Historic Site #3
Marblehead Lighthouse, the oldest lighthouse in continuous operation on the Great Lakes, has guided sailors safely along the Marblehead Peninsula's rocky shores for over a century. It is located within Marblehead Lighthouse State Park along with the US Coast Guard historic keeper's house and lifesaving station and museum.
In 1819, the 15th U. S. Congress recognized the need for navigational aids along the Great Lakes and set aside $5,000 to construct a light tower at the entrance to Sandusky Bay. Contractor William Kelly built the 50-foot tower of native limestone. The base of the building is 25 feet in diameter, with walls five feet thick. It narrows to 12 feet at the top with two-foot thick walls.
Throughout its history, 15 lighthouse keepers, two of whom were women, have tended the beacon. Benajah Wolcott, a Revolutionary War veteran and one of the first settlers on the peninsula, was the first keeper. He and his family lived in a small stone home on the Sandusky Bay side of the peninsula. Each night, he lit the wicks of the thirteen whale oil lamps that were the original light fixture. Sixteen-inch-diameter metal reflectors helped project the light across the lake. Other duties of the lighthouse keeper included keeping a log of passing ships, noting the weather conditions, and organizing rescue efforts. Upon Wolcott's death in 1832, his wife, Rachel, took over these duties.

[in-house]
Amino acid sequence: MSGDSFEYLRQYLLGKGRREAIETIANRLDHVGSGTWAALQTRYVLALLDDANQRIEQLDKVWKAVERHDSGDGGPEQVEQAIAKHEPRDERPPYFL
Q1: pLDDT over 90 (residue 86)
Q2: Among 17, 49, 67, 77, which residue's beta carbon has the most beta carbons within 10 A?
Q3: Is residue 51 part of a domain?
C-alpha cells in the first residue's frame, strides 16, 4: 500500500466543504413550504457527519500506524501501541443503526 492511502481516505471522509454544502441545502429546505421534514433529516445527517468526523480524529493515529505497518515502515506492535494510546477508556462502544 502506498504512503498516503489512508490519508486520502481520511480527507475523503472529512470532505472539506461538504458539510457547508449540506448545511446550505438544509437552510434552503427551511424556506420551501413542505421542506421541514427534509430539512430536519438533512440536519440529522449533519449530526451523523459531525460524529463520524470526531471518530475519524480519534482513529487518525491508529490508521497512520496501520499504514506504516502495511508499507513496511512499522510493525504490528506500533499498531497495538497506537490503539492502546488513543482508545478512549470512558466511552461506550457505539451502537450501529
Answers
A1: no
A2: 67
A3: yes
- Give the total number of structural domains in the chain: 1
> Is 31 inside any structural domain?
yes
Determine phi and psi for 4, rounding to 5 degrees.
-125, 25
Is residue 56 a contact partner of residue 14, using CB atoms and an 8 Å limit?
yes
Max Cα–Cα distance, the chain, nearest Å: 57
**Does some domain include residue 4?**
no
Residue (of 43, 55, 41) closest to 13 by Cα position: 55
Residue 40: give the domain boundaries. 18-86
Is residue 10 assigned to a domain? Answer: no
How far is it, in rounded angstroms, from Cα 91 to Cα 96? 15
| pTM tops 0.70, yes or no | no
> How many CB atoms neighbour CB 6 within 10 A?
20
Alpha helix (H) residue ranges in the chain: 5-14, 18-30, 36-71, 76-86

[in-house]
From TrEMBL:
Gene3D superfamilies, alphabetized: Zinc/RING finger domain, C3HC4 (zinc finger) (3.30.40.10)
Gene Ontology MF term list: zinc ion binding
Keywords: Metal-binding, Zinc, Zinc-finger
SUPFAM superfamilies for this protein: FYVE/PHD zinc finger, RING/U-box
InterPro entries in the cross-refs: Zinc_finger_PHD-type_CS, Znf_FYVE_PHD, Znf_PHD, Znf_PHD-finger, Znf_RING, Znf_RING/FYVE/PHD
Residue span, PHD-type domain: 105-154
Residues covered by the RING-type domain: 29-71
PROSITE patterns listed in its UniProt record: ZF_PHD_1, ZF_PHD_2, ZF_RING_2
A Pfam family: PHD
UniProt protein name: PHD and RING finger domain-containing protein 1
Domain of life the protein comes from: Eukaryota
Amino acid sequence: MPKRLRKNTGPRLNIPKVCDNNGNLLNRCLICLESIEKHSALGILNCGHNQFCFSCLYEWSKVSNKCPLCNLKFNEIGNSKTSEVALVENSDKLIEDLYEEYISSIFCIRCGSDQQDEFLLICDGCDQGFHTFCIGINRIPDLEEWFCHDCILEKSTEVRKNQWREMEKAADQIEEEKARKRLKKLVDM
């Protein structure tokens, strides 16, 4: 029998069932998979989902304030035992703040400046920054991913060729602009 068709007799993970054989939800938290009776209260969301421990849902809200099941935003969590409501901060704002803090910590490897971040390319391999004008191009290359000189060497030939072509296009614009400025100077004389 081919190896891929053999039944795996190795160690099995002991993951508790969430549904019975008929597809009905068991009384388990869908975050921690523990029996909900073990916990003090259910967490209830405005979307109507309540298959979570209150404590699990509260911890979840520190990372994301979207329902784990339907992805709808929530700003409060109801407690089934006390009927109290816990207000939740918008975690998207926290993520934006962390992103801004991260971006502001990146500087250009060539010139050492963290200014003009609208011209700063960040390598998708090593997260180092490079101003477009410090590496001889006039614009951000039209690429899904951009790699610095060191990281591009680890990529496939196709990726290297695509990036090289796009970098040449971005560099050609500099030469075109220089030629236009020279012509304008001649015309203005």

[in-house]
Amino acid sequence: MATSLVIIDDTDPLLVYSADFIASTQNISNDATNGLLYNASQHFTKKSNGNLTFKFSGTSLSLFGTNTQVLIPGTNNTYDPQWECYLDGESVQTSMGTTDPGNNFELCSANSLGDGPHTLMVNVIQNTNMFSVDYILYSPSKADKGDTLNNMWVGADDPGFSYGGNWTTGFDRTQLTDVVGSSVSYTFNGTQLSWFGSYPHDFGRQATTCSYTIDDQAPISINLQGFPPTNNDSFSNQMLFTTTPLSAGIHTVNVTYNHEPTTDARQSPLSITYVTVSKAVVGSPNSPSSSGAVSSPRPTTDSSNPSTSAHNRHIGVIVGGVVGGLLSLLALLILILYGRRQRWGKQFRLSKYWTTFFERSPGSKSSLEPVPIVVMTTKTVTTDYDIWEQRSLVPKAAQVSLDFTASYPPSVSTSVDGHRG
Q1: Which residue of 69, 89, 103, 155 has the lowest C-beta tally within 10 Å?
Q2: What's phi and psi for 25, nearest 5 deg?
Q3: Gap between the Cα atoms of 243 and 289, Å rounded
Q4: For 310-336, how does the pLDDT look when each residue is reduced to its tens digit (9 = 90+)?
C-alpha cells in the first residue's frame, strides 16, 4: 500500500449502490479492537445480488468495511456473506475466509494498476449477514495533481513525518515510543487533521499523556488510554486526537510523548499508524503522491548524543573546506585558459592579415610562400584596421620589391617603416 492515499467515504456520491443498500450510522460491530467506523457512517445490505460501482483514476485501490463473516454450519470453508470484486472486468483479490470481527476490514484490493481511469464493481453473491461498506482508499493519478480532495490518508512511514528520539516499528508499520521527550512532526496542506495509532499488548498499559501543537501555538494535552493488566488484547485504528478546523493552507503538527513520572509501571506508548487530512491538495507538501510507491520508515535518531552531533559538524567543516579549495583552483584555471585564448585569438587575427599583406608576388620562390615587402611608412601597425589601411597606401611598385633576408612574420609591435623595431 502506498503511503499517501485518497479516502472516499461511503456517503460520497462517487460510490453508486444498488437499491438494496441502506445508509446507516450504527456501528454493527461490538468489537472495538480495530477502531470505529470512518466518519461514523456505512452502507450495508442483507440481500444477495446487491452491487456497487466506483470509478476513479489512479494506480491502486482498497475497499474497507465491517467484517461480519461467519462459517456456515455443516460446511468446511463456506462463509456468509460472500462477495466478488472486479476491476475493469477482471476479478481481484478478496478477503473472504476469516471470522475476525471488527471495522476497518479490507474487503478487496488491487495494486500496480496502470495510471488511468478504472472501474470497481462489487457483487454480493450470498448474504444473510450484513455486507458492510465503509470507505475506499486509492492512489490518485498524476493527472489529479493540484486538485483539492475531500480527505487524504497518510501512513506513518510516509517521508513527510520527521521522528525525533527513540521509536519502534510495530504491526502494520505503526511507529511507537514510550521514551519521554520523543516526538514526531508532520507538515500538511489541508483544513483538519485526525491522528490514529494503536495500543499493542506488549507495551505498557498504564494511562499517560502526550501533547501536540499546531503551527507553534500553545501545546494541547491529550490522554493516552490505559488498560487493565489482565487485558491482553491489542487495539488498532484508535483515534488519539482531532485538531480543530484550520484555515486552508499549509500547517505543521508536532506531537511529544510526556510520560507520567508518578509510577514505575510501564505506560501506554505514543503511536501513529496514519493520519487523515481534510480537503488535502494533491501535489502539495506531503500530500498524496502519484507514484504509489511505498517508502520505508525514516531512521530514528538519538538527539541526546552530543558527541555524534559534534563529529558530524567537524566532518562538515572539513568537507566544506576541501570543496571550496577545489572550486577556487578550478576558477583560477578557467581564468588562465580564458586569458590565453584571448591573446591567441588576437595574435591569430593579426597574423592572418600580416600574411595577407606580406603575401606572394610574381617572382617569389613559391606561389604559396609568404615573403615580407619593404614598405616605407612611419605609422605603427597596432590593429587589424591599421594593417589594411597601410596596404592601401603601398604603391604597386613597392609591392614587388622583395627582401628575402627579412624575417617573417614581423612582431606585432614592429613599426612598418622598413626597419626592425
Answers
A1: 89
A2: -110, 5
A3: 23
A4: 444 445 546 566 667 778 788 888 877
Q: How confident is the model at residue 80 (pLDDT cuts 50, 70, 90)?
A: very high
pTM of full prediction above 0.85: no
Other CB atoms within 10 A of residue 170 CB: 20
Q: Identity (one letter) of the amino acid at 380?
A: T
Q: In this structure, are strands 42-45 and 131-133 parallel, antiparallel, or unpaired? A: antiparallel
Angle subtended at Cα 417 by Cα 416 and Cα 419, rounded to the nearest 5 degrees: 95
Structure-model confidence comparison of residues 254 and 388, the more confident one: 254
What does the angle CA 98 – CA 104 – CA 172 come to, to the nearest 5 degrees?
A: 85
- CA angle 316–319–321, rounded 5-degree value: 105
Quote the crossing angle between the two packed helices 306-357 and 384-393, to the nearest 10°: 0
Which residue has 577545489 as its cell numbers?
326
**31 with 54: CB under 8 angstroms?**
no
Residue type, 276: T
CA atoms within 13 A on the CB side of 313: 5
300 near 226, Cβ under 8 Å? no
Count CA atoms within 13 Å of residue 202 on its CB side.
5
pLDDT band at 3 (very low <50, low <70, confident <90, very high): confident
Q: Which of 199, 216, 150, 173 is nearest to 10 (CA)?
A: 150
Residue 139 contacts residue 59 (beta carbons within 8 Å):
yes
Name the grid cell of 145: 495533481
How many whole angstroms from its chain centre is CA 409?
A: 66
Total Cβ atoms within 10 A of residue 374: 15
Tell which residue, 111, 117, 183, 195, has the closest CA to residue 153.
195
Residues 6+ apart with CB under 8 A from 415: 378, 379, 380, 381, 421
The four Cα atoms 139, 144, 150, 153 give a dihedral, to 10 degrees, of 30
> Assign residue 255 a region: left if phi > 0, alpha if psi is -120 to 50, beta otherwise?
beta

The whale oil lamps were replaced in 1858 by a single, multi-wick lamp and a 4th order fixed Fresnel lens. The lamp and lens produced a bright constant white light focused over the water. Lard oil replaced whale oil as the illuminant in 1866, and kerosene replaced lard oil in 1880.
Between 1897 and 1903, the tower's height was increased 15ft by the addition of a watch room and a new lantern room. A new, more extensive, rotating Fresnel lens apparatus powered by a clockwork produced a bright flash of light every 10 seconds.
Modern conveniences came slowly to the timeless light tower. An electric light finally replaced the kerosene lantern in 1923, dramatically increasing the candlepower of the signal. During World War II, the lighthouse became strategically crucial for national defense. The last civilian lighthouse keeper resigned, and the United States Coast Guard assumed responsibility for the beacon in 1946.
The beacon was automated in 1958, making the Coast Guard's job easier. With its original finish tattered by time and harsh weather, the lighthouse tower's exterior was given a fresh coat of new stucco the same year.
The Ohio Department of Natural Resources has maintained the property surrounding the lighthouse since 1972 and proudly accepted ownership of the Marblehead Lighthouse tower in May 1998. The U.S. Coast Guard continues to operate and maintain the lighthouse beacon. Today's technology features a new LED light projecting a green signal that flashes every six seconds and is visible for 11 nautical miles. The distinctive green distinguishes the lighthouse signal from the white glow coming from air beacons.
Marblehead's beloved beacon continues to shine and protect boaters from peril in Lake Erie's unpredictable waters along her rocky shores.